FAQ (Frequently Asked Questions)

Financial problems weigh heavily on most people and families. The leading cause of family disagreements that can lead to divorce are financial problems. Most people are afraid to use their federal privilege of debt relief through bankruptcy. This is the attitude your credit card companies and other creditors want you to have. You should add up your credit card payments that you have made over the years on your smallest credit card loan and see if the total of payments already made is higher than the original amount that you borrowed. You may be surprised to find out that you have already paid back triple what you borrowed but still owe more than half of the original amount. These types of loans were illegal years ago. Life happens…. loss of job, unexpected medical bills, mismanagement of money….. that’s why the bankruptcy laws exist.

No, current law allows you to keep your property subject to certain conditions. The Delaware bankruptcy laws have changed from being very inadequate to most equitable in allowing you to exempt up to $125,000 in home equity, $15,000 for automobiles, household goods and furnishings, clothing, jewelry, bank accounts, stocks and bonds, pension and 401k plans, etc.

Chapter 7 filing is the most common form of bankruptcy. It involves the appointment of a trustee who collects the non-exempt property of the debtor (if any), sells it and distributes the proceeds to the creditors. Usually, there are no assets to distribute. In Delaware  you can  keep up to $25,000 in assets, and up to $125,000 of equity in your home. This form of bankruptcy works well for unsecured debt like credit cards and medical bills. Some debts, such as alimony, child support and most taxes, are not dischargeable.

If your income is greater than the median income, in order to qualify for Chapter 7 bankruptcy, the Means Test comes into play. If it shows that you have sufficient  income to pay a significant portion of your unsecured debts, you may be required to file a Chapter 13 bankruptcy instead. The Means Test is a complex examination of your income and expenses. I don’t want to confuse you with all the details but suffice it to say that you want an experienced Delaware bankruptcy lawyer to help you figure out how best to move forward with Chapter 7 or Chapter 13.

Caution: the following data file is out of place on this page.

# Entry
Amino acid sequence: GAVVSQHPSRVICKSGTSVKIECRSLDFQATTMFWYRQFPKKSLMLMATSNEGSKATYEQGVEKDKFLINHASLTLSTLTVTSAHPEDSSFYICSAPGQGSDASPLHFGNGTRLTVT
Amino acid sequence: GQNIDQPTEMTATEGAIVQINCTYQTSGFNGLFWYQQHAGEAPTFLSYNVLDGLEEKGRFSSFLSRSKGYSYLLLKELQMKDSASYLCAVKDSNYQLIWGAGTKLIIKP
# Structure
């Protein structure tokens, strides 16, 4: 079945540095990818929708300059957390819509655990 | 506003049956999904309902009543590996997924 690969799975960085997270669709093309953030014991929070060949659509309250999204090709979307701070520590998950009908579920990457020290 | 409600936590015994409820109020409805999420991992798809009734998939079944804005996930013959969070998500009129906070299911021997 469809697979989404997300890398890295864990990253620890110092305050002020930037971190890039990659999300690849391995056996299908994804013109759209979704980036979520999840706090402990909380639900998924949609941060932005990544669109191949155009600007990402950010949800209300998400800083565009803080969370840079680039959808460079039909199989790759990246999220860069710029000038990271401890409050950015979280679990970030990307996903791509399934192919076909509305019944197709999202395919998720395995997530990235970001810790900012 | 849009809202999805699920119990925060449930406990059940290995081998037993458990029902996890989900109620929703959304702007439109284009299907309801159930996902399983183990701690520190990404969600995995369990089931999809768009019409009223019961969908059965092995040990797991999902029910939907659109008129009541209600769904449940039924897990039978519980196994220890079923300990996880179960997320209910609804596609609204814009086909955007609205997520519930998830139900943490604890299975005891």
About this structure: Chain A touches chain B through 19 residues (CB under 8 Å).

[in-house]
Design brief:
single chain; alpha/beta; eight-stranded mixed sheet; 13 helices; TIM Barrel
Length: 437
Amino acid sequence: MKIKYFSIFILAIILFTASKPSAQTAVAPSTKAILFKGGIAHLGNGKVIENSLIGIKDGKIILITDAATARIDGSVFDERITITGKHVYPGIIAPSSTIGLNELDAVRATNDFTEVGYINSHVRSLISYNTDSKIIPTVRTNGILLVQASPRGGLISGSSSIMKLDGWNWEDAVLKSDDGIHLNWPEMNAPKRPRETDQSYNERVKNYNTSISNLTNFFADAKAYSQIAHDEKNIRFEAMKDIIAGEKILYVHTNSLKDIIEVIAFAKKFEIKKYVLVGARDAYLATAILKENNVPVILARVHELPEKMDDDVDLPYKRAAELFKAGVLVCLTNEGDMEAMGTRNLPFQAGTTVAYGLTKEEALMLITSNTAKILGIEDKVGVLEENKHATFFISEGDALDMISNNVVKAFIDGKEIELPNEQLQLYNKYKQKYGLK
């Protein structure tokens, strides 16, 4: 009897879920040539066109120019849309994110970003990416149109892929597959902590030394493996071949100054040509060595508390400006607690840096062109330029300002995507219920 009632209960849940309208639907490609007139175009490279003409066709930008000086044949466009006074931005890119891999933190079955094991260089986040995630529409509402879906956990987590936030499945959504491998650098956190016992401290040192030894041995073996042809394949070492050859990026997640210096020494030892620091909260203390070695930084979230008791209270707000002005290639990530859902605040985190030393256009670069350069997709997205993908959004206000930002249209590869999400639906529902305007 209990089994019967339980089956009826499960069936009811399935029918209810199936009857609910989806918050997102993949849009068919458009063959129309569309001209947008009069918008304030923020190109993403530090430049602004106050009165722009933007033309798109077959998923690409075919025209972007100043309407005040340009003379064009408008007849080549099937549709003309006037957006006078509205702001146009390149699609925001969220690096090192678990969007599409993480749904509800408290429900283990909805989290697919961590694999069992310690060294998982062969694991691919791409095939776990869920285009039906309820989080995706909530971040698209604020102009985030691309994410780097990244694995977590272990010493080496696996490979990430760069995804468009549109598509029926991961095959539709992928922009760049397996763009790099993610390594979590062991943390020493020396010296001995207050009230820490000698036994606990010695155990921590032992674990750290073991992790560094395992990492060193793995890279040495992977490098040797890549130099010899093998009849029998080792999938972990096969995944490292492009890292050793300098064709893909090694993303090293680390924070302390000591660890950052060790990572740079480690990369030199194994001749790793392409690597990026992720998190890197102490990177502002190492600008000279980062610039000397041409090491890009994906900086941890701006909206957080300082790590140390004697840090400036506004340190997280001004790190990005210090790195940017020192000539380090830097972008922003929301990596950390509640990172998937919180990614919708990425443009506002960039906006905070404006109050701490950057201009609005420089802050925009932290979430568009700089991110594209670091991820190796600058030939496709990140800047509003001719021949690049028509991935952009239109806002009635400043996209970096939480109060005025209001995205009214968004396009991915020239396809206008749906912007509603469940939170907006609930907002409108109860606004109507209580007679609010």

Not all debts are eliminated when you file bankruptcy. Discharge means that the debts are forgiven and you no longer are legally obligated to repay them. The most common types of debts that survive bankruptcy are:

Student Loans

Student loans generally cannot be eliminated in a Chapter 7 bankruptcy. There are a few rare exceptions to this rule, but extreme hardship must be shown.

Most Taxes

This is a very complicated area of bankruptcy law. Some taxes may be discharged under certain circumstances.

Child Support & Alimony

Filing a Chapter 7 will not eliminate back child support or alimony obligations. It also won’t end your obligation to make these types of payments after filing.

Court Fines

DUI fines, parking tickets, speeding tickets and court fines are non-dischargeable in a Chapter 7 bankruptcy.

Divorce Decree Debts

Debts that were ordered to be paid in a Divorce decree or a family court proceeding are not discharged in a Chapter 7 bankruptcy. This includes debts that your former spouse incurred during your marriage.

Chapter 13 allows you to repay your creditors based on what you can afford.  Your creditors must accept the repayment plan according to the terms set forth by the bankruptcy court. You are protected from creditors under the umbrella of bankruptcy during the 3 to 5 year affordable payment plan designed to eliminate your debts. Chapter 13 is much more complex than Chapter 7 and it is best to know all of your options to get the best result. This is not the same as a debt consolidation loan and offers genuine debt relief with proper counsel.